Earth Sciences

Stanford Earth —

Q&A: 30 years after the Loma Prieta earthquake

Reflecting on the 30th anniversary of Loma Prieta, earthquake experts share their perspectives on how the event affected them, the Bay Area and the research community at large.

Where can flooded fields help replenish groundwater?

Overpumping in California’s Central Valley has depleted groundwater storage capacity and caused the land to sink. A new model could help zero in on where water managers can replenish aquifers by flooding fields.

Sterol-producing bacteria may change interpretation of geological history

Geologists assume when they find molecules called sterols in soils or rocks they indicate the presence of plants, animals or fungi in ancient environments. In new research from Paula Welander, discovering how some bacteria also produce and modify sterols could change those interpretations.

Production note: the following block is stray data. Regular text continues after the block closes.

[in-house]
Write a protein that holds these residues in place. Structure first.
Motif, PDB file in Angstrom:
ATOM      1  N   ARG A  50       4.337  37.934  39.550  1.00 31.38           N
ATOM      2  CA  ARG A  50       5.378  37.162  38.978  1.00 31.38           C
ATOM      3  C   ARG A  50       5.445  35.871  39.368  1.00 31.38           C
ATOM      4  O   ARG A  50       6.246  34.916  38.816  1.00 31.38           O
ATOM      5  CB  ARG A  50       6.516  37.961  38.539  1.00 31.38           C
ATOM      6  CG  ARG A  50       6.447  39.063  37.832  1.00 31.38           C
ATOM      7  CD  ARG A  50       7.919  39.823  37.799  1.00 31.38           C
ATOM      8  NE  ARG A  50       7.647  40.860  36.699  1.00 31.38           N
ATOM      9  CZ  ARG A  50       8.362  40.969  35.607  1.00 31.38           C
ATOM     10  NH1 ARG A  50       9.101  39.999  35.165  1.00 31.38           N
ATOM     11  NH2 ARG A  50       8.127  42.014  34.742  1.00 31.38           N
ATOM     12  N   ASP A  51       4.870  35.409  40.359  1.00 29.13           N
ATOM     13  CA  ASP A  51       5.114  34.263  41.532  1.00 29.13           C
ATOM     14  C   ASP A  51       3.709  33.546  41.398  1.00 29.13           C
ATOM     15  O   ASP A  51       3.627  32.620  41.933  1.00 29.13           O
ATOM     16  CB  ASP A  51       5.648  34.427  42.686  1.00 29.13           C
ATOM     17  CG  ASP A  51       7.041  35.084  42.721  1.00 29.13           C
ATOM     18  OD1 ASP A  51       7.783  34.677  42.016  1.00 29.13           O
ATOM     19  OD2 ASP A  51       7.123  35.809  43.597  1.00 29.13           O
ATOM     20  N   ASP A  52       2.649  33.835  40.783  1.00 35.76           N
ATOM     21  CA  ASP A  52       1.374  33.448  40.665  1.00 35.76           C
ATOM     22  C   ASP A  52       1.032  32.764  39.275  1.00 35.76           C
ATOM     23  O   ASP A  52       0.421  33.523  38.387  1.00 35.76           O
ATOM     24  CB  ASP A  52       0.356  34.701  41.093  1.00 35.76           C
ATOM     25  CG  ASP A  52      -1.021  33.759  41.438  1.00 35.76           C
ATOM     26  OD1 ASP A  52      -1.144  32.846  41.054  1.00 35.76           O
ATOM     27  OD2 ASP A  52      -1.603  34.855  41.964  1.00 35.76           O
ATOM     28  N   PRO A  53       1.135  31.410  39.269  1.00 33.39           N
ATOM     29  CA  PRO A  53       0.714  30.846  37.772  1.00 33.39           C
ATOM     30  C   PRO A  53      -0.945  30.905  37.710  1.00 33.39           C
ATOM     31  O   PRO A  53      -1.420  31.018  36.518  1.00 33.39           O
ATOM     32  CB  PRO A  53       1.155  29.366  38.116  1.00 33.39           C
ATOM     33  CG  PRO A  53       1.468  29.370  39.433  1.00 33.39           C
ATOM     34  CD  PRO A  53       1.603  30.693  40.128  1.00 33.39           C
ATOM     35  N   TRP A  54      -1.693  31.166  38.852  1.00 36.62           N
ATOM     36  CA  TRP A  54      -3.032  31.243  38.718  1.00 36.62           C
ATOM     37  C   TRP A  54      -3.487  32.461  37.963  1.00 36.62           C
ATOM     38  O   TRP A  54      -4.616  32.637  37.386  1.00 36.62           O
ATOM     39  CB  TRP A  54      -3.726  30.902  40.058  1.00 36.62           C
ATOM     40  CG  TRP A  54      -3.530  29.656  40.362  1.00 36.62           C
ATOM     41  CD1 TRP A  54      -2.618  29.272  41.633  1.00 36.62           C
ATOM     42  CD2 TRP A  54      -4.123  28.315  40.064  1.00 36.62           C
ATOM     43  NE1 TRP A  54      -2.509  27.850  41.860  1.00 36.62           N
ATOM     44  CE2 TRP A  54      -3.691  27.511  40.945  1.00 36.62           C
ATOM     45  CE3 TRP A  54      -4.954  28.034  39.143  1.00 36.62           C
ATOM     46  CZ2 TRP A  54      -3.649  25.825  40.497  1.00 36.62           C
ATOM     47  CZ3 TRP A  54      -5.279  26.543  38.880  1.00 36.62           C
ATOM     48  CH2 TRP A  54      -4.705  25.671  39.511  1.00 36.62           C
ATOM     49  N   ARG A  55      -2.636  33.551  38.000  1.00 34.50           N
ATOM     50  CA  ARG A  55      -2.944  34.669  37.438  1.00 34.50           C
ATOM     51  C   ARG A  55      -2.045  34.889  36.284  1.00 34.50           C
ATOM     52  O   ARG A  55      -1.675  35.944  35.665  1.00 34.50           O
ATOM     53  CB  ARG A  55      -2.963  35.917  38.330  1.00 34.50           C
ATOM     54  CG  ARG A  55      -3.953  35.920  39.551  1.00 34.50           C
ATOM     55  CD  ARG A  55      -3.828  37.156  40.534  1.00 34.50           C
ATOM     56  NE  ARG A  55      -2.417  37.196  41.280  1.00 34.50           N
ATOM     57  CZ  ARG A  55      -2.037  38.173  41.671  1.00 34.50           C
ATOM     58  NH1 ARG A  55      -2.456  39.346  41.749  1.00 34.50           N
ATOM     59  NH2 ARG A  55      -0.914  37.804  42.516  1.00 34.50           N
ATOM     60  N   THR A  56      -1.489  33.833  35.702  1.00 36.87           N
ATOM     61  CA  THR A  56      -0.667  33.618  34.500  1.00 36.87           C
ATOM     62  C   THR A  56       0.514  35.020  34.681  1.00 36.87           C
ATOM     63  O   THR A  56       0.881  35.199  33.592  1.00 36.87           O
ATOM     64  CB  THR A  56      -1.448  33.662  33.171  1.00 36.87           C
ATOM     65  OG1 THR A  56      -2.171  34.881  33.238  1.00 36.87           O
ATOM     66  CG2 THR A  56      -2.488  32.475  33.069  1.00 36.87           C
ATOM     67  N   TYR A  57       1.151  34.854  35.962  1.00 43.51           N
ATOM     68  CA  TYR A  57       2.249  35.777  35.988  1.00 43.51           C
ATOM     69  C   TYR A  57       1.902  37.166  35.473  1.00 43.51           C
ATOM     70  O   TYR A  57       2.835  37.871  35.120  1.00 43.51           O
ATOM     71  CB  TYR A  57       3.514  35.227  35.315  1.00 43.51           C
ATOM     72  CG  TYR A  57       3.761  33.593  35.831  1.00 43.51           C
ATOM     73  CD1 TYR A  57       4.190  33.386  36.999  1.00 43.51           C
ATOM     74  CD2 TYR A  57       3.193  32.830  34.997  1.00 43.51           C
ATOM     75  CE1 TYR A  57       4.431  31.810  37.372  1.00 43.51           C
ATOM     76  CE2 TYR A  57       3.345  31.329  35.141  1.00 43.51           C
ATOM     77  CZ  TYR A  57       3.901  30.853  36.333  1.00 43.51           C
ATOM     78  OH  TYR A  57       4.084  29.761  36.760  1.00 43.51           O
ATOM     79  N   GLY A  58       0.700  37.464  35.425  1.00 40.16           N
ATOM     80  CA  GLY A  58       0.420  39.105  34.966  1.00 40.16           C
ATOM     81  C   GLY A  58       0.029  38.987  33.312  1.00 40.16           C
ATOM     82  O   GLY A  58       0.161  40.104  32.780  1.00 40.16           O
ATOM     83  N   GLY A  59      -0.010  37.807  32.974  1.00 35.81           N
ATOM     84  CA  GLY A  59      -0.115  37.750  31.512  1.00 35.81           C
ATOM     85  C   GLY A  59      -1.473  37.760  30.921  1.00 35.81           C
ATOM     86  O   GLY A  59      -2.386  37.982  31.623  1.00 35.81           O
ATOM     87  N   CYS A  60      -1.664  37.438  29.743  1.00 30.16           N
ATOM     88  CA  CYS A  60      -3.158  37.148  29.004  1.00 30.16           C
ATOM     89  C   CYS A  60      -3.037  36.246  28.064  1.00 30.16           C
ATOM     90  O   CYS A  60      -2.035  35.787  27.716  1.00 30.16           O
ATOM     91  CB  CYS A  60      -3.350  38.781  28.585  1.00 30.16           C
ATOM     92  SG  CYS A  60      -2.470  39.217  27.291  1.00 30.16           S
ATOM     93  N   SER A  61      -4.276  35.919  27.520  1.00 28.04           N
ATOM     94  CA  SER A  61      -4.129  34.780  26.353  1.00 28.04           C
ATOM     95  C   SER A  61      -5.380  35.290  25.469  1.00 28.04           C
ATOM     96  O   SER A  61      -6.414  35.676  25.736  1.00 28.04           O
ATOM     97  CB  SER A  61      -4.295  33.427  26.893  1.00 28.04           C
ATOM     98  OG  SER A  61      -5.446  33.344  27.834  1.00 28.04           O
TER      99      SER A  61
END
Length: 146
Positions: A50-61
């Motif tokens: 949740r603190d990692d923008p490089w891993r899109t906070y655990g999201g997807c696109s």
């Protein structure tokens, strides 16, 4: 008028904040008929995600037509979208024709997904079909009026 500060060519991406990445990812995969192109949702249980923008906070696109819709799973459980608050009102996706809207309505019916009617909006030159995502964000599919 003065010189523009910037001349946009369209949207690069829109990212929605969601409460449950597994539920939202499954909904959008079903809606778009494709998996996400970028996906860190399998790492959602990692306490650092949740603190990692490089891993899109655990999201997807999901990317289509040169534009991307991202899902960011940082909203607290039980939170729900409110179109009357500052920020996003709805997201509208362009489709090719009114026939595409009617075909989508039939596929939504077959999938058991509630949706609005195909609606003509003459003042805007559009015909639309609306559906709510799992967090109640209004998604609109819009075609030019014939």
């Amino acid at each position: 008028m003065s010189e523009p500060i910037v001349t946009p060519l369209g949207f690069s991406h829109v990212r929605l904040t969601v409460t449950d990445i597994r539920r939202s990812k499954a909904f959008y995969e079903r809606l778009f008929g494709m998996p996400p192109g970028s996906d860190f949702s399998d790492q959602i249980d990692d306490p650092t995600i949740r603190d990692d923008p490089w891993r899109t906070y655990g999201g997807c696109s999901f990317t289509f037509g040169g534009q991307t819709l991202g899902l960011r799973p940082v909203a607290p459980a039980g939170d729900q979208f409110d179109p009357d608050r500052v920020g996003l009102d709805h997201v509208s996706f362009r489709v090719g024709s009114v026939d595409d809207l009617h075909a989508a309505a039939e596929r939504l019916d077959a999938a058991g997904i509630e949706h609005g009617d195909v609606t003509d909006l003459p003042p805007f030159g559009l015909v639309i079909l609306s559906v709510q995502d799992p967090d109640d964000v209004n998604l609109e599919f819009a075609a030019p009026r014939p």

Supervolcanoes: A key to America’s electric future?

Stanford researchers show that lake sediments preserved within ancient supervolcanoes can host large lithium-rich clay deposits. A domestic source of lithium would help meet the rising demand for this valuable metal, which is critical for modern technology.

Manmade and natural earthquakes share shaking potential

New research shows manmade and naturally occurring earthquakes in the central U.S. share the same characteristics, information that will help scientists predict and mitigate damage from future earthquakes.

Mastering the art of environmental and policy engagement

Op-eds written by Stanford students in a new environmental advocacy and policy course have begun to be published – one outcome of a class that teaches students how to advocate for environmental policy issues.